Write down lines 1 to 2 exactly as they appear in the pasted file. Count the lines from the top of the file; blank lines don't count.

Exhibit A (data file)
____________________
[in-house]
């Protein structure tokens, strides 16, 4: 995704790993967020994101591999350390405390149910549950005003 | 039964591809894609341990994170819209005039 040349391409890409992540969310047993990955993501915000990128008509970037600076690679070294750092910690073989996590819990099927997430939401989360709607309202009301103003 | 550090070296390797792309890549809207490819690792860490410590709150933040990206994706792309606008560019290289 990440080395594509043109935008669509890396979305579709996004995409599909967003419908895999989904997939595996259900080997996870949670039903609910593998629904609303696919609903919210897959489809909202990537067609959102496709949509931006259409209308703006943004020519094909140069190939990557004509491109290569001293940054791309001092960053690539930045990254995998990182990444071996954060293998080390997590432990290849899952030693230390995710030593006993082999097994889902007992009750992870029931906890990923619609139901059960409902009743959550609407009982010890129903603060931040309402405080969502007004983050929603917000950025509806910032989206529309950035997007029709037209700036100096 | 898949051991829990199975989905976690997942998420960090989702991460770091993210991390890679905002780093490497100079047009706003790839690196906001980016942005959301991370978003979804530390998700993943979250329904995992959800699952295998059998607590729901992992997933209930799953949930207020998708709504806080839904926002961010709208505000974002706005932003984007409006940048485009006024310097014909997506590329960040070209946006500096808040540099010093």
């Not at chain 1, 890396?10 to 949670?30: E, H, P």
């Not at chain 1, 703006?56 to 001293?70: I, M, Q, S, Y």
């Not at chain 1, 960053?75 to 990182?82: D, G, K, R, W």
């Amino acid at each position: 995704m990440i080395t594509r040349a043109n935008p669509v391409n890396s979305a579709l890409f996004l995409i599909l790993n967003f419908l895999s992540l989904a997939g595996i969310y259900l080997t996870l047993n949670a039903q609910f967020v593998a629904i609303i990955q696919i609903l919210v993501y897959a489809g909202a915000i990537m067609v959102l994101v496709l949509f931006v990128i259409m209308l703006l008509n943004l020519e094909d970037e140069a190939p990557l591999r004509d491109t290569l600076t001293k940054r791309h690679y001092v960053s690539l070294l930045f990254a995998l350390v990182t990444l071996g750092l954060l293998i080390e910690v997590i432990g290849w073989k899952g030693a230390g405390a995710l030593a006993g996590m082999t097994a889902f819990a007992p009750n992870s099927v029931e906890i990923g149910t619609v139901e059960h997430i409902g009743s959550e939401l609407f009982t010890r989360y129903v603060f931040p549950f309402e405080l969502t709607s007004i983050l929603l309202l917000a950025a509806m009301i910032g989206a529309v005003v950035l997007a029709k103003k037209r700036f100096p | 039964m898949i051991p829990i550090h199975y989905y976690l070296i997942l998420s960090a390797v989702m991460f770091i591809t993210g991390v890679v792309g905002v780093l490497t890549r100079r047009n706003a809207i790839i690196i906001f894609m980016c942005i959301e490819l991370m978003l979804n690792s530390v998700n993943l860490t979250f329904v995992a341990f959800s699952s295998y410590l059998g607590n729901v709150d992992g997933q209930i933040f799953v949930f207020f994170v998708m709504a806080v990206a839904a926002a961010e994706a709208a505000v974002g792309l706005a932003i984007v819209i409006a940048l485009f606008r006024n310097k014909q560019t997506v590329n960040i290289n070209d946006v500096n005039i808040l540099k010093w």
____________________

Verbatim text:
[in-house]
């Protein structure tokens, strides 16, 4: 995704790993967020994101591999350390405390149910549950005003 | 039964591809894609341990994170819209005039 040349391409890409992540969310047993990955993501915000990128008509970037600076690679070294750092910690073989996590819990099927997430939401989360709607309202009301103003 | 550090070296390797792309890549809207490819690792860490410590709150933040990206994706792309606008560019290289 990440080395594509043109935008669509890396979305579709996004995409599909967003419908895999989904997939595996259900080997996870949670039903609910593998629904609303696919609903919210897959489809909202990537067609959102496709949509931006259409209308703006943004020519094909140069190939990557004509491109290569001293940054791309001092960053690539930045990254995998990182990444071996954060293998080390997590432990290849899952030693230390995710030593006993082999097994889902007992009750992870029931906890990923619609139901059960409902009743959550609407009982010890129903603060931040309402405080969502007004983050929603917000950025509806910032989206529309950035997007029709037209700036100096 | 898949051991829990199975989905976690997942998420960090989702991460770091993210991390890679905002780093490497100079047009706003790839690196906001980016942005959301991370978003979804530390998700993943979250329904995992959800699952295998059998607590729901992992997933209930799953949930207020998708709504806080839904926002961010709208505000974002706005932003984007409006940048485009006024310097014909997506590329960040070209946006500096808040540099010093």